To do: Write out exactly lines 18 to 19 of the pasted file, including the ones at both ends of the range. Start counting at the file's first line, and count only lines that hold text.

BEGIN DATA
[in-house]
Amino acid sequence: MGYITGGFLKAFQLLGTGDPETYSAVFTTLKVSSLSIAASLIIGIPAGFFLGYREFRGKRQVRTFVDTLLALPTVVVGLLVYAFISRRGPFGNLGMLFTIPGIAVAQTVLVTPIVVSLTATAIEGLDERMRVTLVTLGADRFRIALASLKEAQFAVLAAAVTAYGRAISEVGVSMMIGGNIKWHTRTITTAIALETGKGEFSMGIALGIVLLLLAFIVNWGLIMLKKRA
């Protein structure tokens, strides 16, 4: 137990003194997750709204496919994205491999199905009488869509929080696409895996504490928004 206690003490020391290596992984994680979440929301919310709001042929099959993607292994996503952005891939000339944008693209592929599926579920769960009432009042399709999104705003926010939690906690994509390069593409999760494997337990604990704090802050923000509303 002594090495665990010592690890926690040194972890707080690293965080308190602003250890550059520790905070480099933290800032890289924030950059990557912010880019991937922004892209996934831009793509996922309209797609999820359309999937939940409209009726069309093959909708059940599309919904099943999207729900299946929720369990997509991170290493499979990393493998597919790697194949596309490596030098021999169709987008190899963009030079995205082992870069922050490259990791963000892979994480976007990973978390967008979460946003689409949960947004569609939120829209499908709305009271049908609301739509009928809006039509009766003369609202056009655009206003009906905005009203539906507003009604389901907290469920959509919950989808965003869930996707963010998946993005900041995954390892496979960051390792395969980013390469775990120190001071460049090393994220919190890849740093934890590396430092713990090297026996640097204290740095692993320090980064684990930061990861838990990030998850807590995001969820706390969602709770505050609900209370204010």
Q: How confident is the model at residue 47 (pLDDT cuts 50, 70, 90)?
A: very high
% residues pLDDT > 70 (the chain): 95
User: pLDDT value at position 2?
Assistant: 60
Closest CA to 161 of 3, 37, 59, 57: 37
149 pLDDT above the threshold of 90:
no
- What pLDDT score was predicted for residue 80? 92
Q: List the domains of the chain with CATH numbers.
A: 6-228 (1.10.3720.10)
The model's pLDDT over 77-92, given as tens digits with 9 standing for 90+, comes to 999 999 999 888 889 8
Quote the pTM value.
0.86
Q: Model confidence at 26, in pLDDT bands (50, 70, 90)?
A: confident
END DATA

Q: Model confidence at 26, in pLDDT bands (50, 70, 90)?
A: confident